Friday, November 5, 2010

What about Separation of Church and State?

Robin Carnahan, whom I supported in my previous blog posting, unfortunately lost her bid for the U.S. Senate. But, fortunately, so did Christine O’Donnell.

Although not unexpected, I am greatly disappointed that Roy Blunt will soon be seated as the junior Senator from Missouri. In the previous posting I said I was voting for Carnahan partly because of her position on universal health care in contrast to Blunt, who voted against it and has indicated his desire to repeal the new health care laws. While repeal probably won’t happen, I can’t support a Senator who wants to do that.

In addition, in last Sunday’s Kansas City Star, the editorial supporting Carnahan ended by warning, “Blunt would protect the wealthiest at the expense of all others.” From his record, this, sadly, is true, I’m afraid, and that is another reason I voted for Carnahan. And just yesterday I read that Blunt has said, “There isn’t any real science to say we are altering the climate path of the earth” (posted by the Union of Concerned Scientists).

But what about Christine O’Donnell (b. 1969)? She was much in the news in the weeks before the election. There was a lot about her admitting that she “dabbled into witchcraft” while in high school, but I didn’t find that a matter of great concern. What bothered me and a lot of other people were her statements about the important issue of the separation of church and state.

In a debate with now Senator-elect Chris Coons on October 19, O’Donnell challenged her Democratic rival Tuesday to show where the Constitution requires separation of church and state. Of course, she is correct to the extent that the words “separation of church and state” do not appear in the constitution. But she is quite wrong if she thinks that the concept is not firmly there.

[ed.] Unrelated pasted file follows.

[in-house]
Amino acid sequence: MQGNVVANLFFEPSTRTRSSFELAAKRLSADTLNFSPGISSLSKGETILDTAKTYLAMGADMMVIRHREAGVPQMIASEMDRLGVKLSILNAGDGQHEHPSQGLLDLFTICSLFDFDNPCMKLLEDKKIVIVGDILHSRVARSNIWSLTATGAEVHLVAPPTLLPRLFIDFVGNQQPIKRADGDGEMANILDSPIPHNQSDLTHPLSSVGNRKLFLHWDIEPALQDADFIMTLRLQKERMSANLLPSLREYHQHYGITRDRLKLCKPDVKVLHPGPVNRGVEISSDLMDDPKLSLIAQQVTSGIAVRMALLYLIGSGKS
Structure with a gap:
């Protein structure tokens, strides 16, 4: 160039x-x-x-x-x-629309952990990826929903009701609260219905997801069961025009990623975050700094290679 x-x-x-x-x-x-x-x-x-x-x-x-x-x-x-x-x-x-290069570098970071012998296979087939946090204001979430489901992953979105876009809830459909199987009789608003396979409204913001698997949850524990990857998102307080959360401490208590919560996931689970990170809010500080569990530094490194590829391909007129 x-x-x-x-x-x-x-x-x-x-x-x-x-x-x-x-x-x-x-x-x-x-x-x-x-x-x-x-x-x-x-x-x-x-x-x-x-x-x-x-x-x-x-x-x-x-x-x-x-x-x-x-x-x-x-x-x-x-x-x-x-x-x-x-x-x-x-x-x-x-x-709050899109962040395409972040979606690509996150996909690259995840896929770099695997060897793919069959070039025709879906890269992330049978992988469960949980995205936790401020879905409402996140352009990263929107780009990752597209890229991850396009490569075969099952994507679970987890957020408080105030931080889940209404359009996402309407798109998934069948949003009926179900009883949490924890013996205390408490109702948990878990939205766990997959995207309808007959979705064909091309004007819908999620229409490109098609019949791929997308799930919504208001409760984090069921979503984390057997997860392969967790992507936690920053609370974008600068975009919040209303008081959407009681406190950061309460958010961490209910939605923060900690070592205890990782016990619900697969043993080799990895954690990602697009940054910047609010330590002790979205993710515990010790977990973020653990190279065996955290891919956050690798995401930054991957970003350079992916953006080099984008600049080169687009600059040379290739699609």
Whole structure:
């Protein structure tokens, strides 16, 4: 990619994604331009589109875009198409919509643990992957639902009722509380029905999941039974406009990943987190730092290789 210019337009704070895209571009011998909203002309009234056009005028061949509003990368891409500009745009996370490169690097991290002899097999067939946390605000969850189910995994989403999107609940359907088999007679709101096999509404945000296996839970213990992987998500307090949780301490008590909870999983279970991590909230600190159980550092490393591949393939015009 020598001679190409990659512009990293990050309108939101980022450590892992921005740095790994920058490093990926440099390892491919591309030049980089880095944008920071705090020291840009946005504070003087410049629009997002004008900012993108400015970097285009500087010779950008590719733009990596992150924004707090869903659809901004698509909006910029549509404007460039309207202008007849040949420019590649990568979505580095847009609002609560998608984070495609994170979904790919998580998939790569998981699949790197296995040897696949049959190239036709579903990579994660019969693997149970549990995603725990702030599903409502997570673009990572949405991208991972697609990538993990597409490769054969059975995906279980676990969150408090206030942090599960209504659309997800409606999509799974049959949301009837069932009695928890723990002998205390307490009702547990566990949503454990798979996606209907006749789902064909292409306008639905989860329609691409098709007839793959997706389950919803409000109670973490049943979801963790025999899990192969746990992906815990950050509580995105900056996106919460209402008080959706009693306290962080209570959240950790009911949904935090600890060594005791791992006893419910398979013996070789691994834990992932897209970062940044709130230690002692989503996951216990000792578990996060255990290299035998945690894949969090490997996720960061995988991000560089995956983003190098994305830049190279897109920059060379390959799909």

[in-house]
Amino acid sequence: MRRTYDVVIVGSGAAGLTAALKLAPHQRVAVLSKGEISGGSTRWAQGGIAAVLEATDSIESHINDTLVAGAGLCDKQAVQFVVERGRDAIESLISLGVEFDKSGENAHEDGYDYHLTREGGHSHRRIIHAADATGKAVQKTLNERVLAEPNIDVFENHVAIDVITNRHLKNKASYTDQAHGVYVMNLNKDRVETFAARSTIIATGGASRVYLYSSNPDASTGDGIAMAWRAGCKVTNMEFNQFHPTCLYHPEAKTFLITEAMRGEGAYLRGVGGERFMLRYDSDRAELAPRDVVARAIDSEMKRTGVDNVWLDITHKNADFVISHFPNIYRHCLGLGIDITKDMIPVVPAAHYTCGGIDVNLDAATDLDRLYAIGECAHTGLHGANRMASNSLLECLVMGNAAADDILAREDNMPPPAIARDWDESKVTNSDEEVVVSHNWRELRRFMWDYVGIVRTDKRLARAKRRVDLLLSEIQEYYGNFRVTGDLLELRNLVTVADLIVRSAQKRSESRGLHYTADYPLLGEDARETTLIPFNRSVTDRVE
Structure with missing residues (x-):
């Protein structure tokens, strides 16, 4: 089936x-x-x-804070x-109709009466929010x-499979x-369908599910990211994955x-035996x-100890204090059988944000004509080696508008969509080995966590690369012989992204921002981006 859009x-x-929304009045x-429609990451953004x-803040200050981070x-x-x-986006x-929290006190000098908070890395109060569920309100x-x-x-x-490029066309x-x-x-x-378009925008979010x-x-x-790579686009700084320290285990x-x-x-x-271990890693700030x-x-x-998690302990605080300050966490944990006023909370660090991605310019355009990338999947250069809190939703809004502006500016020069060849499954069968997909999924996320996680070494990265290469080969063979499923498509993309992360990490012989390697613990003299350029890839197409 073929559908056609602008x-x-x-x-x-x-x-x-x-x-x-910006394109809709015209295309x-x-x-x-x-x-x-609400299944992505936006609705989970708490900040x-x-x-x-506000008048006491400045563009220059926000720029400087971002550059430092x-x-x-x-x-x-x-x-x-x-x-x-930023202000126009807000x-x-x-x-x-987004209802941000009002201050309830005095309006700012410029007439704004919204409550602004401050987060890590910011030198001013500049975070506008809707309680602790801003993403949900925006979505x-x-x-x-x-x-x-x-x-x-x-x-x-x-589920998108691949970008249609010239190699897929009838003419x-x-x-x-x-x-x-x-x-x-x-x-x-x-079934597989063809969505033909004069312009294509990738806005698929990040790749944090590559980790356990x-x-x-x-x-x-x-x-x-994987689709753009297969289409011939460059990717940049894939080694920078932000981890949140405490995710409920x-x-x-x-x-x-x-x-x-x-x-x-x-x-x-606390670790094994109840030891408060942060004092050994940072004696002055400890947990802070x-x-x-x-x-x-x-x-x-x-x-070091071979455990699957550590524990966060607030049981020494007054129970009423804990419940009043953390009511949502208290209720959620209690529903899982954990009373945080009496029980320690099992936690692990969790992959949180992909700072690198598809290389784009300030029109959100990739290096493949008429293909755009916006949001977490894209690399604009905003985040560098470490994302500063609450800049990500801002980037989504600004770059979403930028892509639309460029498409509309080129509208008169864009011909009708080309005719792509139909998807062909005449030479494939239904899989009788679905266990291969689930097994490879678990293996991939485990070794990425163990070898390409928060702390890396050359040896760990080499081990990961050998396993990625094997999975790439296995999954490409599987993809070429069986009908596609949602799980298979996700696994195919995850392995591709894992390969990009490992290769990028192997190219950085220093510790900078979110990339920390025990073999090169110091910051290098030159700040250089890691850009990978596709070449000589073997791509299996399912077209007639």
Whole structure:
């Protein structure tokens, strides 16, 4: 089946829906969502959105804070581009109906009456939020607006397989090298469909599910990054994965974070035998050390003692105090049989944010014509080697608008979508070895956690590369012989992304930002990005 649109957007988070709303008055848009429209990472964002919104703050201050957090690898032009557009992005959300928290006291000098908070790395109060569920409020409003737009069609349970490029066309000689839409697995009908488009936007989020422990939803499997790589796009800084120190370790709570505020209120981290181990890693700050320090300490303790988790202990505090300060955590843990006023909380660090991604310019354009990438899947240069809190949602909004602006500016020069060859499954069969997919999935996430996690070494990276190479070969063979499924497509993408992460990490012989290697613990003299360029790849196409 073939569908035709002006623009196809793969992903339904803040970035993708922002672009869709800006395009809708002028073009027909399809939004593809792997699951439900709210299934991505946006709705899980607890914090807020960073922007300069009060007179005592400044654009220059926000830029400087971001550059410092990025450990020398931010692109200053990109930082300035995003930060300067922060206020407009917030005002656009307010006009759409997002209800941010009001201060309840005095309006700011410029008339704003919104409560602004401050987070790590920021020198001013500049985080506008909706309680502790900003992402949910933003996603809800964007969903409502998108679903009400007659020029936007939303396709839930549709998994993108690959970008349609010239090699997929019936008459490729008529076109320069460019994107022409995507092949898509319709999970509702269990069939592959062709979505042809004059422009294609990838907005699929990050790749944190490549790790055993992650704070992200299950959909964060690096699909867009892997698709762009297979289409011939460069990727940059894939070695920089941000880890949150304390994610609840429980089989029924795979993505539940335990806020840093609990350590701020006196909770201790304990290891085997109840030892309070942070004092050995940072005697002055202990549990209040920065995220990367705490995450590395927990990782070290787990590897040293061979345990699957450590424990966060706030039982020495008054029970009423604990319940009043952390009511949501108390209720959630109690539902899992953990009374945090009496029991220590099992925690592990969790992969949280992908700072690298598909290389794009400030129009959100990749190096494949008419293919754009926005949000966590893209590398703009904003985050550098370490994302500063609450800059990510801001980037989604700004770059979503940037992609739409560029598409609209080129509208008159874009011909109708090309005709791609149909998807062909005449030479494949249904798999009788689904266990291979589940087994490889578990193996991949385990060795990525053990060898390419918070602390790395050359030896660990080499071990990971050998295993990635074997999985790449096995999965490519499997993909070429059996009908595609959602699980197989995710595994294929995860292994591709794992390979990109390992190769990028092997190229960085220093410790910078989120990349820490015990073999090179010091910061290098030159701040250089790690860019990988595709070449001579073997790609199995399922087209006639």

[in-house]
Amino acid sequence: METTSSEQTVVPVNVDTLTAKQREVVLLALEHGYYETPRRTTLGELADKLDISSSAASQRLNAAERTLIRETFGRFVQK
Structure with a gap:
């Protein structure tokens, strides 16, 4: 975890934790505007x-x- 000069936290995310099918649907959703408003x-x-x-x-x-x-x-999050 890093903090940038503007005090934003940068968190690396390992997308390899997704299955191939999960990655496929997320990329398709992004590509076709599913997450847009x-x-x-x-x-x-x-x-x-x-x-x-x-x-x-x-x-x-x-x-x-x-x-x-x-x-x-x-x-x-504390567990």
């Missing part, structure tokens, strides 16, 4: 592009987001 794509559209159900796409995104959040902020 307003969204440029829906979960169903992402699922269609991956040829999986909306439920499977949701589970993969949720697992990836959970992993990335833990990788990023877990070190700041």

It is a historical fact that Baptists played a significant role in promoting the idea of separation of church and state and in securing the passage of the first amendment to the Constitution. Roger Williams (1603-84) was one of the first and most ardent proponents of religious liberty in what became the United States, and he wrote about “the hedge or wall of separation between the garden of the church and the wilderness of the world.” This phrase was picked up later by Thomas Jefferson.

Writing to the Danbury Baptist Association in 1802, Jefferson used the expression “wall of separation between church and state,” and this is usually understood as his interpretation of the establishment clause of the first amendment.

But even though O’Donnell was not elected yesterday, others with questionable views about the separation of church and state were. As Rev. Barry Lynn, executive director of Americans United for Separation of Church and State, said Wednesday, “Church-state separation is going to be under sustained fire for the next two years in Congress and in many state legislatures.” For example, John Boehner, the likely new Speaker of the House, has been rated 0% by Americans United, indicating his lack of support for the separation of church and state.

Note: Last month there was a six part series on “God in America” aired on PBS. The second sixty-minute segment was titled “A New Eden,” and it was largely about Thomas Jefferson and the Baptists who were the leaders in establishing the separation of church and state. This is available for viewing online at 


  1. Thanks for your thoughts Leroy. Of the many things more at risk now with a stronger Republican presence in the Congress is religious liberty and the fundamental principal of church-state separation.